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, 62 (3), 851-62

Nrf2, but Not β-Catenin, Mutation Represents an Early Event in Rat Hepatocarcinogenesis


Nrf2, but Not β-Catenin, Mutation Represents an Early Event in Rat Hepatocarcinogenesis

Patrizia Zavattari et al. Hepatology.


Hepatocellular carcinoma (HCC) develops through a multistage process, but the nature of the molecular changes associated with the different steps, the very early ones in particular, is largely unknown. Recently, dysregulation of the NRF2/KEAP1 pathway and mutations of these genes have been observed in experimental and human tumors, suggesting their possible role in cancer development. To assess whether Nrf2/Keap1 mutations are early or late events in HCC development, we investigated their frequency in the rat Resistant Hepatocyte model, consisting of the administration of diethylnitrosamine followed by a brief exposure to 2-acetylaminofluorene. This model enables the dissection of all stages of hepatocarcinogenesis. We found that Nrf2/Keap1 mutations were present in 71% of early preneoplastic lesions and in 78.6% and 59.3% of early and advanced HCCs, respectively. Mutations of Nrf2 were more frequent, missense, and located in the Nrf2-Keap1 binding region. Mutations of Keap1 occurred at a much lower frequency in both preneoplastic lesions and HCCs and were mutually exclusive with those of Nrf2. Functional in vitro and in vivo studies showed that Nrf2 silencing inhibited the ability of tumorigenic rat cells to grow in soft agar and to form tumors. Unlike Nrf2 mutations, those of Ctnnb1, which are frequent in human HCC, were a later event as they appeared only in fully advanced HCCs (18.5%).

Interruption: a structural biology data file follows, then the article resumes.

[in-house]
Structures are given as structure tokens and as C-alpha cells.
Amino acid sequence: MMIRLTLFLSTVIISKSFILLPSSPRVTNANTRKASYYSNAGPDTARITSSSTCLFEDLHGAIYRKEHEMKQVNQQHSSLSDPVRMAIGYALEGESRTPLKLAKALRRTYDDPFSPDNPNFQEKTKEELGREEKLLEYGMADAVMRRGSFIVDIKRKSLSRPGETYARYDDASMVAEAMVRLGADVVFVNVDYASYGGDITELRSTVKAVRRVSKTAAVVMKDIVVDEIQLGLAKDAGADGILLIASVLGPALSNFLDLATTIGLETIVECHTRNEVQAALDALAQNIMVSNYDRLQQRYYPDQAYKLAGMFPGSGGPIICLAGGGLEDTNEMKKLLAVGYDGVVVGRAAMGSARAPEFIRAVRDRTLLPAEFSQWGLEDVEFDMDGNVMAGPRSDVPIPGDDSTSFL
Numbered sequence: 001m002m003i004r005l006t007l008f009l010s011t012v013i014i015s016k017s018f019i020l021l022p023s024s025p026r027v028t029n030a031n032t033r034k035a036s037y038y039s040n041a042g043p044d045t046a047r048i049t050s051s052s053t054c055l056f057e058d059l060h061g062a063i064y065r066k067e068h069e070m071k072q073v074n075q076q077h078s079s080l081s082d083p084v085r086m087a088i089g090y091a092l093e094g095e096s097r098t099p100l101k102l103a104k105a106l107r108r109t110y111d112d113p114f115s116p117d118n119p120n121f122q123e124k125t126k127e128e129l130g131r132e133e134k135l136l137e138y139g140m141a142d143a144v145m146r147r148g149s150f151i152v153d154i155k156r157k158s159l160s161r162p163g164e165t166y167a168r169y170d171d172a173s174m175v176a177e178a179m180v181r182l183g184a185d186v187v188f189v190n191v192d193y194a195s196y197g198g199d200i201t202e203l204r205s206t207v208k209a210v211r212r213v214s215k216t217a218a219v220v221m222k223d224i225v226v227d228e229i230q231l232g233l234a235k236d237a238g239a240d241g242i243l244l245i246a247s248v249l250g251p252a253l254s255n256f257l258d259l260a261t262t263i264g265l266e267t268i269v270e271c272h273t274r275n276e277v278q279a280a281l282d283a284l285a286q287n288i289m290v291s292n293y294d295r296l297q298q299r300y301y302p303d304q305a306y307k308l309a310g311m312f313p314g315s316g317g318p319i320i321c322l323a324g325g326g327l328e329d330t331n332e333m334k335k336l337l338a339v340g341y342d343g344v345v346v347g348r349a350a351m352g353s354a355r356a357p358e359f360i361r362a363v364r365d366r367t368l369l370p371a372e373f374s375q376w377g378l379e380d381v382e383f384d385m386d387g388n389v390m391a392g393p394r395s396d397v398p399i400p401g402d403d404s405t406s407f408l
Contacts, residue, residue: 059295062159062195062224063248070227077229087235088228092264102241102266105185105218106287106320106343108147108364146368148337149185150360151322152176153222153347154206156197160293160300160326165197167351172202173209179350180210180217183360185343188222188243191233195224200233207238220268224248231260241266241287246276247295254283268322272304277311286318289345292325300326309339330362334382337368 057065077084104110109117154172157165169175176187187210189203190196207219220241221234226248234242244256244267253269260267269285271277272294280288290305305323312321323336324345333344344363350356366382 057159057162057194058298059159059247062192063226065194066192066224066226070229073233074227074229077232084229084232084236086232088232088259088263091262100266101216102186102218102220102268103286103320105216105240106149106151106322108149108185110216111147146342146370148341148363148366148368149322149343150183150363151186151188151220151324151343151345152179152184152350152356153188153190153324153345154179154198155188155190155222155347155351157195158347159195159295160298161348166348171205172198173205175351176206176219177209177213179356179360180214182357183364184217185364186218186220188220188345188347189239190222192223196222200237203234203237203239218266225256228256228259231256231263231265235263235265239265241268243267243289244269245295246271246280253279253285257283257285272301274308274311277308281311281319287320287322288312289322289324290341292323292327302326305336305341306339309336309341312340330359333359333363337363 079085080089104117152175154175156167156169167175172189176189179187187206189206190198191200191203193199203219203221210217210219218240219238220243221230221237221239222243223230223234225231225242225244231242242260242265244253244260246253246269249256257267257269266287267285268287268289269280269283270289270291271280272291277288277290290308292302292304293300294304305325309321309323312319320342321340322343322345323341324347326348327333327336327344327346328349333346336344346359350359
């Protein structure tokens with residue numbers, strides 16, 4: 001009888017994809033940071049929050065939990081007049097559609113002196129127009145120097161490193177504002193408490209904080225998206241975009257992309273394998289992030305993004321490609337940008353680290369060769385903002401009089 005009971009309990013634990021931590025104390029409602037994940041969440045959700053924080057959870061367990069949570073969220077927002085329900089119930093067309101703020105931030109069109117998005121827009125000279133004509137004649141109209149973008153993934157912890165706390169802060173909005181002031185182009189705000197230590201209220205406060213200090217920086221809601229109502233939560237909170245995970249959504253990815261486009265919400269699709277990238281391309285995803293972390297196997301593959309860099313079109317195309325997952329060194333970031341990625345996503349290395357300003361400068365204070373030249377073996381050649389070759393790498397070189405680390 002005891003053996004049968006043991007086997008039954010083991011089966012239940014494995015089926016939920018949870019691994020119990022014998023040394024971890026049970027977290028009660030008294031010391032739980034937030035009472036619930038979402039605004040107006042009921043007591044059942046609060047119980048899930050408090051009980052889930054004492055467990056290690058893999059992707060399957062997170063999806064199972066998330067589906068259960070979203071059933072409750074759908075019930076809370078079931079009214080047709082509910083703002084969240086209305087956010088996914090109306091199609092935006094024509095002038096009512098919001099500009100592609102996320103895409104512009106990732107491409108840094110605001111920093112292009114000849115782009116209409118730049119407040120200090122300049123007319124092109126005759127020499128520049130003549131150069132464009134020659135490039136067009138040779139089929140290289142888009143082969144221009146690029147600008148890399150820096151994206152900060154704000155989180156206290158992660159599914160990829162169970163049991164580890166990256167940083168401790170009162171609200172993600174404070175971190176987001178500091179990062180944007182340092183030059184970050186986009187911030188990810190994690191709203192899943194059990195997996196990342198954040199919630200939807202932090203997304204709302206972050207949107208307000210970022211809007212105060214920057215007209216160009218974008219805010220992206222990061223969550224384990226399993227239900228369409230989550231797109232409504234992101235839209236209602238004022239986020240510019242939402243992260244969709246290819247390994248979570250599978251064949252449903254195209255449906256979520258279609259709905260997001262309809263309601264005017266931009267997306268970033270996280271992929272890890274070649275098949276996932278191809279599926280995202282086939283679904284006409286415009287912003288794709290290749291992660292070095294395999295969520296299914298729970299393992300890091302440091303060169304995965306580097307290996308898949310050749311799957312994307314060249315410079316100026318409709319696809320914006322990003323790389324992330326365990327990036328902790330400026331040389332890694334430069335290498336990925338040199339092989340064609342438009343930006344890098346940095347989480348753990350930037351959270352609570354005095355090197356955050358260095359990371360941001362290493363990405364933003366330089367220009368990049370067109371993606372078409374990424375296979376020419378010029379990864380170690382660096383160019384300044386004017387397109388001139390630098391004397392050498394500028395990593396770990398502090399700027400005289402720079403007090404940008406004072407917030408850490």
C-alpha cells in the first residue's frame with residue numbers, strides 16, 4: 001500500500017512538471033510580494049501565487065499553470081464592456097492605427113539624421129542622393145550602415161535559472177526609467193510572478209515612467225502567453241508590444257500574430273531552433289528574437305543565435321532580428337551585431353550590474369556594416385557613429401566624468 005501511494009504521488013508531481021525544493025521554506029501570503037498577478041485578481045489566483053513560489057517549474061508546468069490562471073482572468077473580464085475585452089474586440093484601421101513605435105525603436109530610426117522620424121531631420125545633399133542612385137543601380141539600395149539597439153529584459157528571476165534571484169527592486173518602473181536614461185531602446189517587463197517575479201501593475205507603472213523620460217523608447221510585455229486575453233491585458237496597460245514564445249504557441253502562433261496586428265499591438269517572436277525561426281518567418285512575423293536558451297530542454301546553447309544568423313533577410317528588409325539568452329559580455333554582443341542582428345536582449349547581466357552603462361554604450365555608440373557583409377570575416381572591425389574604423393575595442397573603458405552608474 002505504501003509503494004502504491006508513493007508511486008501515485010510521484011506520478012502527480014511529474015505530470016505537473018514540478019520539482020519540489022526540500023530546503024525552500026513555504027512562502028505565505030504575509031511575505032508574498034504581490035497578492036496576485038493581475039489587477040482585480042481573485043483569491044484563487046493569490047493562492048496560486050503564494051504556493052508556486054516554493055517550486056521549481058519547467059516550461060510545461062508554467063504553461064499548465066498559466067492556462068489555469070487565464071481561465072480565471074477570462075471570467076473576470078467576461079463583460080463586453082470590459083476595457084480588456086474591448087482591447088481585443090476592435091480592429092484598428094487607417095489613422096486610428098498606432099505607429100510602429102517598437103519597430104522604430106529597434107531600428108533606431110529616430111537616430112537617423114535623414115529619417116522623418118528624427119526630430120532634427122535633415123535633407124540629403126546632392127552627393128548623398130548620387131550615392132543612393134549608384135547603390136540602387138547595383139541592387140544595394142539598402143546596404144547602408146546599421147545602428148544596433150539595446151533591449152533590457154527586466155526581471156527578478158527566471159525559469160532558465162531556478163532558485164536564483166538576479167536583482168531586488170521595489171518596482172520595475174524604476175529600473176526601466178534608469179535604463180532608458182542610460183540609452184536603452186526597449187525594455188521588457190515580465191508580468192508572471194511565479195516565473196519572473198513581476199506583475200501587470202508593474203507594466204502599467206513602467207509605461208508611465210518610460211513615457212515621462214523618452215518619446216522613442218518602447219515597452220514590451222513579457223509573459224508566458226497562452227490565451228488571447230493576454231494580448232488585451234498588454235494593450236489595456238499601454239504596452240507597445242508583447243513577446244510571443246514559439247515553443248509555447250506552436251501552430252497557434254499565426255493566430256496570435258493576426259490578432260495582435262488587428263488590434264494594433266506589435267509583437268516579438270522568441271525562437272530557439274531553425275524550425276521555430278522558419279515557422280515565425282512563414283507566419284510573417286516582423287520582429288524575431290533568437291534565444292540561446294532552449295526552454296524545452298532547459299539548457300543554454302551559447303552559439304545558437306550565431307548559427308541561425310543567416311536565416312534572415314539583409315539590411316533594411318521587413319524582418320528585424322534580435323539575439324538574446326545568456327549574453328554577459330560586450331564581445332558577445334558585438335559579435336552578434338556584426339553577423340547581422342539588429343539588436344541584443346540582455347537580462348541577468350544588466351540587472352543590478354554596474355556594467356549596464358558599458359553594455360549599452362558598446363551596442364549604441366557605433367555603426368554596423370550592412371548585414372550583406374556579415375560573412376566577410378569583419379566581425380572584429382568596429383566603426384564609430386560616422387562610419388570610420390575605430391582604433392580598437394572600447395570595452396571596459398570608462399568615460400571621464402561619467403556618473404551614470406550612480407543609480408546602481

Conclusion: In the Resistant Hepatocyte model of hepatocarcinogenesis the onset of Nrf2 mutations is a very early event, likely essential for the clonal expansion of preneoplastic hepatocytes to HCC, while Ctnnb1 mutations occur only at very late stages. Moreover, functional experiments demonstrate that Nrf2 is an oncogene critical for HCC progression and development.

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